After being generated, the reaction of the extratropical SST anomalies to the atmosphere differs from that of the tropical SST anomalies. While there is essentially no feedback from the extratropical ocean, significant feedbacks are found in the Tropics. This is demonstrated in Fig. 14. The upper two cross-covariance functions are obtained from the extratropical time series and the lower two from the tropical time series. In both regions, anomalies of poleward (equatorward) wind stress are associated with positive (negative) SST anomalies, and the largest correlations are found when atmosphere leads. At time lags when ocean leads, there is no correlation in the upper-two diagrams, but notable correlations in the lower-two diagrams. The shapes of Figs. 14c and 14d suggest that the interaction tends to preserve the sign of an earlier anomaly, indicating the involvement of a weak feedback. Apart from few dark gray spots resulting from small correlations, such behavior is found in almost the entire Tropics (Fig. 11b), and can be identified as a common feature of all tropical oceans.

3) Heat flux

Figure 11c suggests that, apart from some polar and tropical regions, the lagged cross-correlation function between SST and net heat flux, Q, is essentially antisymmetric, indicating the involvement of a strong feedback. A typical cross-correlation function is given in Fig. 1. Anomalous downward (upward) heat fluxes generate positive (negative) SST anomalies, which in turn induce anomalous upward (downward) heat fluxes, favoring a removal of the original positive (negative) heat flux anomalies.

The interaction with strong feedback shown in Fig. 11c is further studied by considering which component of the total heat flux, Qs, Ql, Qsw, and Qlw, produces the largest covariance with SST. For this purpose, standard deviations of Qs, Ql, Qsw, and Qlw have to be considered. In general, Ql and Qsw have the largest standard deviation. Large variability of Ql is found in the extratropics, whereas variability of similar strength of Qsw is found over the tropical Indian Ocean and the tropical western Pacific.

Figure 15 shows cross-correlation functions between SST and the four components of the total heat flux at the grid point considered in Fig. 1. The dashed curve is the cross-correlation function between SST and Q shown in Fig. 1, and the other curves are correlations between SST and Qs, Ql, Qsw, and Qlw, respectively. The largest correlations are found between SST and Ql (solid line in Fig. 15b), which strongly resembles that between SST and total heat flux. Since Ql has the largest standard deviation in the extratropics, Fig. 15b suggests that the latent heat flux is most important in producing the antisymmetric shape of Cxy(τ) observed in Fig. 11c.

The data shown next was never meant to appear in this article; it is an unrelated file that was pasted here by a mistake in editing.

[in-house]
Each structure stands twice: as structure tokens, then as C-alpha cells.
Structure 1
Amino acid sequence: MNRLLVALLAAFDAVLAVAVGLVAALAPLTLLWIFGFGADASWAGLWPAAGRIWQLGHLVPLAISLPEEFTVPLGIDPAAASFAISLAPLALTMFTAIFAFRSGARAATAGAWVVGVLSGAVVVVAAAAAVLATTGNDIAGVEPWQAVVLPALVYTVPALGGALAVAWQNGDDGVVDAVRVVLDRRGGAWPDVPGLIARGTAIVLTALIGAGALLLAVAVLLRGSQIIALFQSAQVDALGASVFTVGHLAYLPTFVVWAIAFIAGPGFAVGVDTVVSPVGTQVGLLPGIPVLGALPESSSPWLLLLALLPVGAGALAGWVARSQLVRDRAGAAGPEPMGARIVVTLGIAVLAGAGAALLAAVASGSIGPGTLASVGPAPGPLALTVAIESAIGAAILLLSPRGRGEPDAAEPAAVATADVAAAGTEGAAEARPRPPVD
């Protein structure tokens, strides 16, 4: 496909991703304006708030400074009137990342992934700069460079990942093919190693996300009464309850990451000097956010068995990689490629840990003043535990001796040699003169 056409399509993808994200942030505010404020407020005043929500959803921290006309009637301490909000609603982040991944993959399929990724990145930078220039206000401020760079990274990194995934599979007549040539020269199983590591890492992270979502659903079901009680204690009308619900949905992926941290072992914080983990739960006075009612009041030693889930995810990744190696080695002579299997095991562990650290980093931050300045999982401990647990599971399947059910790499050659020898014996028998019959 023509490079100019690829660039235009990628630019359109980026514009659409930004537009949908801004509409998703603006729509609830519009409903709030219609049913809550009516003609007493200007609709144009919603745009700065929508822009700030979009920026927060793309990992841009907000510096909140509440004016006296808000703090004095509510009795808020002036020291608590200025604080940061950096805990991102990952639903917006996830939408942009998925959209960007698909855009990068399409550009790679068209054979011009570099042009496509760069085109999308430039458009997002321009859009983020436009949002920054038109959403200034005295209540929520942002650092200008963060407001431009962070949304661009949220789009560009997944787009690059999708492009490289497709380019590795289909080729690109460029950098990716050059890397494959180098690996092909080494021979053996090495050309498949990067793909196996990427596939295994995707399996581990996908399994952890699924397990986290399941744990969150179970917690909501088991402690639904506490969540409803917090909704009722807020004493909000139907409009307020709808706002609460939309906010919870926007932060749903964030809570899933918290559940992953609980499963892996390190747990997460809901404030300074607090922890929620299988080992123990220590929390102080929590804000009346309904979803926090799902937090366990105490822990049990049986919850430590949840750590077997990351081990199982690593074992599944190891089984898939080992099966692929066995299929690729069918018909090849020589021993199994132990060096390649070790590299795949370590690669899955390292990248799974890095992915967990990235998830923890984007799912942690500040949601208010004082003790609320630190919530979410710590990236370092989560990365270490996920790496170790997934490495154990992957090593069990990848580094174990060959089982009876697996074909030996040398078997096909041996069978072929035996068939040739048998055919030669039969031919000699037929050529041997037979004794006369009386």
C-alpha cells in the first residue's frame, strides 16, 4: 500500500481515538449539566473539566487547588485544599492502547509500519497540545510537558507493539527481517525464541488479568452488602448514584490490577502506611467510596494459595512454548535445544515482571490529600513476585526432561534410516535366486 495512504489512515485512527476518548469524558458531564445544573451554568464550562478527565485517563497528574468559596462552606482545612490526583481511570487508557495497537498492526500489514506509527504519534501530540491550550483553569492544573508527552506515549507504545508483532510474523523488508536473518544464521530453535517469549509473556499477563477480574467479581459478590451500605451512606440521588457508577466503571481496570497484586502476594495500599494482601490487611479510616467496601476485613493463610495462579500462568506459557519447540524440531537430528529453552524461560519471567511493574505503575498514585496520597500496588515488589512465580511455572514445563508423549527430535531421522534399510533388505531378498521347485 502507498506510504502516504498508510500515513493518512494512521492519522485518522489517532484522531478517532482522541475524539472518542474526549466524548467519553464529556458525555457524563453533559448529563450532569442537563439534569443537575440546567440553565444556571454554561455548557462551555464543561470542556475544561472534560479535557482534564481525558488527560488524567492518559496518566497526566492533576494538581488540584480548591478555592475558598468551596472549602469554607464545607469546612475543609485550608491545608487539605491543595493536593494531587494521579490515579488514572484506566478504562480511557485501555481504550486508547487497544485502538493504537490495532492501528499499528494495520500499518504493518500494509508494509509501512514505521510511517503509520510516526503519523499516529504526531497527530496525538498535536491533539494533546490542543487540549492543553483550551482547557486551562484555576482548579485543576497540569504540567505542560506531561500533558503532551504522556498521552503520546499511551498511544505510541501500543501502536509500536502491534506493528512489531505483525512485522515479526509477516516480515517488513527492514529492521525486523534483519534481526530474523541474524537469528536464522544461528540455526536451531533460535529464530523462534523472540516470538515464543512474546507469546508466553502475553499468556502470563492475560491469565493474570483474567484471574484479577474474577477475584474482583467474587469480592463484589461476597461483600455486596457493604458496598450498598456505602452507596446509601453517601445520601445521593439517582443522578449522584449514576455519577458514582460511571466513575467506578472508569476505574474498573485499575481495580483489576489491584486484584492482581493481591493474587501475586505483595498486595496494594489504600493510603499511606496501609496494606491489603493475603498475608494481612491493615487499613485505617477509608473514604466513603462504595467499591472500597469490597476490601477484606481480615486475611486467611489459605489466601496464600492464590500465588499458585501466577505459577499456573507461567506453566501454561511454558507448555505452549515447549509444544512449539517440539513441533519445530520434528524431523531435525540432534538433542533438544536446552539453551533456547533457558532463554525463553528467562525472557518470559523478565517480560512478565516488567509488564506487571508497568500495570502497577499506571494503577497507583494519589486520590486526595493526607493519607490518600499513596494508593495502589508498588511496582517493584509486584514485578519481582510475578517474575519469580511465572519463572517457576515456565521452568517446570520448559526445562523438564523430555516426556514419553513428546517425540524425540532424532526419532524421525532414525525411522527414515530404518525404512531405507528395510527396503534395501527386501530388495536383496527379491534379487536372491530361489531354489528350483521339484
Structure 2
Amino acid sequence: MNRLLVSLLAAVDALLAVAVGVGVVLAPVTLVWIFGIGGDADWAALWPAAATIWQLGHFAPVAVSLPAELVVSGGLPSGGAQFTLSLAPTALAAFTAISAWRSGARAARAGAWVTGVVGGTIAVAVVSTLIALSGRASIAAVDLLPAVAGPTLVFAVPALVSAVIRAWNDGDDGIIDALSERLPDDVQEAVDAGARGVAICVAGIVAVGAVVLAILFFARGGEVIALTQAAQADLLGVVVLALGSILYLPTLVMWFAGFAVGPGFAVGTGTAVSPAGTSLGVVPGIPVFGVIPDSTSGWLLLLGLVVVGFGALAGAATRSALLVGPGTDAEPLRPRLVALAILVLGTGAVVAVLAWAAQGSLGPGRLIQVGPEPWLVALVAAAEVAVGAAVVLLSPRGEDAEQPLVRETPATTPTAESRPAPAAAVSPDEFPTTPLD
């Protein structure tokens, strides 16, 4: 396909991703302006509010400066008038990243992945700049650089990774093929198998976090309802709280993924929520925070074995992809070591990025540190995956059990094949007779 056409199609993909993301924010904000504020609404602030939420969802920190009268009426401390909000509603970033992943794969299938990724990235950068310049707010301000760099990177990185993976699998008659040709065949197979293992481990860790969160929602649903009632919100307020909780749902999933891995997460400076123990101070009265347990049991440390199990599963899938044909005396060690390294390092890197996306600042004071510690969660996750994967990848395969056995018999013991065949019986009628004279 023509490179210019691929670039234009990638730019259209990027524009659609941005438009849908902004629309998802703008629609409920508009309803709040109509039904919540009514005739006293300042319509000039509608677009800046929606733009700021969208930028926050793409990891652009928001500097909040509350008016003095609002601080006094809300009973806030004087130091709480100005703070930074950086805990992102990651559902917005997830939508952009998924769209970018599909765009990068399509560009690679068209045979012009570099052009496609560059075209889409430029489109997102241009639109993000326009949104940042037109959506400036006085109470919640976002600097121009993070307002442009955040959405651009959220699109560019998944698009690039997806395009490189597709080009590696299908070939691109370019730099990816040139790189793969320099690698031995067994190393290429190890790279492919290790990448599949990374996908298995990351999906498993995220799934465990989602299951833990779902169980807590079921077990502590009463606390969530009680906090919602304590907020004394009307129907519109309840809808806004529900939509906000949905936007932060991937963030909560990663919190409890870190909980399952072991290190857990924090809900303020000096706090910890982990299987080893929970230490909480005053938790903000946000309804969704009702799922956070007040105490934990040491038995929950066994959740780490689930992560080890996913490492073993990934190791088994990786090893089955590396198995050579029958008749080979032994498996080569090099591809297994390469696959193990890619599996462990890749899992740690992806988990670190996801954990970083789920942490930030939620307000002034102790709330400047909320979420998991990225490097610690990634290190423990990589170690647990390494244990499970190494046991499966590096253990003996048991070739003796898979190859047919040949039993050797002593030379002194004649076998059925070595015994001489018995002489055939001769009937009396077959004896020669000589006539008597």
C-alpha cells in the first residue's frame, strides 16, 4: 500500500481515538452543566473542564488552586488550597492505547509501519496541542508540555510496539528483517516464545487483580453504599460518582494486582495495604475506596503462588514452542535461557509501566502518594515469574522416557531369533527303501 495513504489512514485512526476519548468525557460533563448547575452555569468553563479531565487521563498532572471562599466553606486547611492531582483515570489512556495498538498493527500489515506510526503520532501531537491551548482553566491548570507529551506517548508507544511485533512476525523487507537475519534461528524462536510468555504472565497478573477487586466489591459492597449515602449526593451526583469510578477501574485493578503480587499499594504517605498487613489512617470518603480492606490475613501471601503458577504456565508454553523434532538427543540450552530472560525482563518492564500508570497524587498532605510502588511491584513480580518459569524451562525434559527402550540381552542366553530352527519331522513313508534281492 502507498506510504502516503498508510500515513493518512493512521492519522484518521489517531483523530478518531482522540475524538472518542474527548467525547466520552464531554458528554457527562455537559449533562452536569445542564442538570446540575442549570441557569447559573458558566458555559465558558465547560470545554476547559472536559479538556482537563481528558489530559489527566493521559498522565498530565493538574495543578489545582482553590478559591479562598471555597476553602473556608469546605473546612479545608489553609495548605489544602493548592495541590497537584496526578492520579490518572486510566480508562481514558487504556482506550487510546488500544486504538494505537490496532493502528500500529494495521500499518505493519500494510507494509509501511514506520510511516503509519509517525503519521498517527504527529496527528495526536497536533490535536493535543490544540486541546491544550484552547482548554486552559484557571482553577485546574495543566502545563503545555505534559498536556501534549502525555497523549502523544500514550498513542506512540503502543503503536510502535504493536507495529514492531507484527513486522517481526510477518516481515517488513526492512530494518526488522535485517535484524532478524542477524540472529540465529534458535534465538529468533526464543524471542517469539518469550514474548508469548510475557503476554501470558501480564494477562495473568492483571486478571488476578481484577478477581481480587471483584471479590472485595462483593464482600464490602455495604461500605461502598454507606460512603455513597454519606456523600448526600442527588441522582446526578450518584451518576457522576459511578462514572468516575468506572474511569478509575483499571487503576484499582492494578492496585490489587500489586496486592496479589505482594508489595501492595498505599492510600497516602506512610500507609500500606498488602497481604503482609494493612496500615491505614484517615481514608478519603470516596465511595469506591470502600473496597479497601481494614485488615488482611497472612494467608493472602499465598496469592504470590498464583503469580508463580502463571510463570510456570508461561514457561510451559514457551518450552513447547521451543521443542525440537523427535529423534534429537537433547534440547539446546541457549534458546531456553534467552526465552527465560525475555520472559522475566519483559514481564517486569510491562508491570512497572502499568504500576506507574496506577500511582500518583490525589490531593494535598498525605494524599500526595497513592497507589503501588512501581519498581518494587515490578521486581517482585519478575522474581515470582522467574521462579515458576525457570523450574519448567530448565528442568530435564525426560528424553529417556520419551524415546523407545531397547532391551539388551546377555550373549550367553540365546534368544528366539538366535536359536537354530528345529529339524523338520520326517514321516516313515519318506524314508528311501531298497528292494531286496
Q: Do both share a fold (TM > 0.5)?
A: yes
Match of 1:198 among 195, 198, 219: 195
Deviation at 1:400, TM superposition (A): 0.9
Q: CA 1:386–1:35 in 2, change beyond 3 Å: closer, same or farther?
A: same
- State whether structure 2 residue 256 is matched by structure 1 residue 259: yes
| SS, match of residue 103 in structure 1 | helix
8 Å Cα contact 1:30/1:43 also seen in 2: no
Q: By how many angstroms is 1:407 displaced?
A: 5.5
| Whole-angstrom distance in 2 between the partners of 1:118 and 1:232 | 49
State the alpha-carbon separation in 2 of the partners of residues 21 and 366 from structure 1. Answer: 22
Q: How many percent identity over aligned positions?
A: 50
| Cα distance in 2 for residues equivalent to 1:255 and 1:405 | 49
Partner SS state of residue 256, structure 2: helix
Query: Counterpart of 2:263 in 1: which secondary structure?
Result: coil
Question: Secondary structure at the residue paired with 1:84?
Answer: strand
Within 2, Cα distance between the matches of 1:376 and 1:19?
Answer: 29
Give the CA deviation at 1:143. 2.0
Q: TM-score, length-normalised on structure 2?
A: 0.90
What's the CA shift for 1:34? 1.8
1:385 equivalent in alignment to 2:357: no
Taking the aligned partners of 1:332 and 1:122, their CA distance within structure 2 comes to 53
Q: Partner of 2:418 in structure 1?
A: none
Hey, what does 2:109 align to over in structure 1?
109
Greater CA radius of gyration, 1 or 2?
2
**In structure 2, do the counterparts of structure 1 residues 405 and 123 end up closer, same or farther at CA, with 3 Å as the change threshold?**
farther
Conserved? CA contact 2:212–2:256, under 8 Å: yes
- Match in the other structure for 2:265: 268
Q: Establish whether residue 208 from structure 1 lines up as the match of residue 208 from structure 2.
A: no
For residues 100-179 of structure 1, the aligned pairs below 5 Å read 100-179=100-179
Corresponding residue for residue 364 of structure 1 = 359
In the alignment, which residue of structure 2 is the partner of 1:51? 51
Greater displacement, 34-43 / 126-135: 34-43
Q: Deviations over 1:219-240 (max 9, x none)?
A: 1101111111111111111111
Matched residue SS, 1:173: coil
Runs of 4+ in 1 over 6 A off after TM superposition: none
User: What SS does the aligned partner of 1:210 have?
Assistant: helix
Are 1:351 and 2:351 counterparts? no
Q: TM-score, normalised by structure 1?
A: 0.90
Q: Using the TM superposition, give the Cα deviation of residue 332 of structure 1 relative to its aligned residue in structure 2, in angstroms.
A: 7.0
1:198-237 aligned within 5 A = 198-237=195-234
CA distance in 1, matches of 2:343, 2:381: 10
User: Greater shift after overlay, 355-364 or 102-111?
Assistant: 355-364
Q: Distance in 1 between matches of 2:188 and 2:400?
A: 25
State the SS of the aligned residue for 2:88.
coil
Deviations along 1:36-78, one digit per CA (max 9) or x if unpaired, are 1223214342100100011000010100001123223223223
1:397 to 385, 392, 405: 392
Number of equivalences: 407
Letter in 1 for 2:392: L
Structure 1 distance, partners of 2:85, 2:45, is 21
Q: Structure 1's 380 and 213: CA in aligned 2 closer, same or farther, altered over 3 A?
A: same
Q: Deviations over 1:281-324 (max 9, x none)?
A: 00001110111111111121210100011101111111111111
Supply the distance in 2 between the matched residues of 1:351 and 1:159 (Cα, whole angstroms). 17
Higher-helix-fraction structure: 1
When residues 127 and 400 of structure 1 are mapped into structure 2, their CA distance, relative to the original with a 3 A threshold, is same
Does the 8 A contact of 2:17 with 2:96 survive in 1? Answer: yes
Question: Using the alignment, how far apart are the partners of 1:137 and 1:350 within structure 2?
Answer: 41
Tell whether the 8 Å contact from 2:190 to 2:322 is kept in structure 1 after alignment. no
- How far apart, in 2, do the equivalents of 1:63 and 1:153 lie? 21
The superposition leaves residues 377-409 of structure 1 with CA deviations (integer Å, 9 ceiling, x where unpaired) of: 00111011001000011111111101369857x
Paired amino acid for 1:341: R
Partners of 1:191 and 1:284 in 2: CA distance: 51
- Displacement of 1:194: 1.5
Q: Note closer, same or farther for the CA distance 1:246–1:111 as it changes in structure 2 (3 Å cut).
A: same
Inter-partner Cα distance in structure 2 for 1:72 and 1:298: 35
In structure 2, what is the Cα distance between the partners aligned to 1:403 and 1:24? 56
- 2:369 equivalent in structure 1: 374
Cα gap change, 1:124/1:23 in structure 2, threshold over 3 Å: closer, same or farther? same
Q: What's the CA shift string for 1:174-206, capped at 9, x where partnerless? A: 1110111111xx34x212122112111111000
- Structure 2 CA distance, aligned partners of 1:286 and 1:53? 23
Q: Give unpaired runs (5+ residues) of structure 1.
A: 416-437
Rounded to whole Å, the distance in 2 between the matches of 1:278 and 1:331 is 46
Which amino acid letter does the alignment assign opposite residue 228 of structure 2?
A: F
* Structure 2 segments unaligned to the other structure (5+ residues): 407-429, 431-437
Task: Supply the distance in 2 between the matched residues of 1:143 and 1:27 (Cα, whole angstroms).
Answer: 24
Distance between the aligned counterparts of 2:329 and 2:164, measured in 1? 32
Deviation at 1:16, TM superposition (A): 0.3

Taking the relative amplitudes of correlations and standard deviations into account, Qsw is the second most important component of Q, which contributes to the generation of covariances between SST and total heat flux. Different from Cxy for Ql (solid line in Fig. 15b), Cxy for Qsw (solid line in Fig. 15c) indicates the involvement of a weak feedback. Correlations are essentially positive and have larger amplitudes when atmosphere leads. Stronger (weaker) incoming solar radiation, presumably related to less (more) clouds, lead to positive (negative) SST anomalies, which, once being generated, feeds back little to Qsw.

The situation in the Tropics is depicted in Fig. 16, which shows cross-correlation functions between SST and Qs, Ql, Qsw, and Qlw, respectively, obtained from the time series at a grid point in the central equatorial Pacific. As in Fig. 15, the dashed curve represents Cxy(τ) between SST and Q. The Cxy(τ) between SST and Qsw (solid line in Fig. 16c) is more similar to Cxy(τ) between SST and Q than the other cross-correlation functions. Based on the fact, that the standard deviation of Qsw is larger than those of Qs, Ql, and Qlw in the Tropics, Fig. 16 suggests that covariances between SST and Q result, to a large extent, from the interactions with Qsw.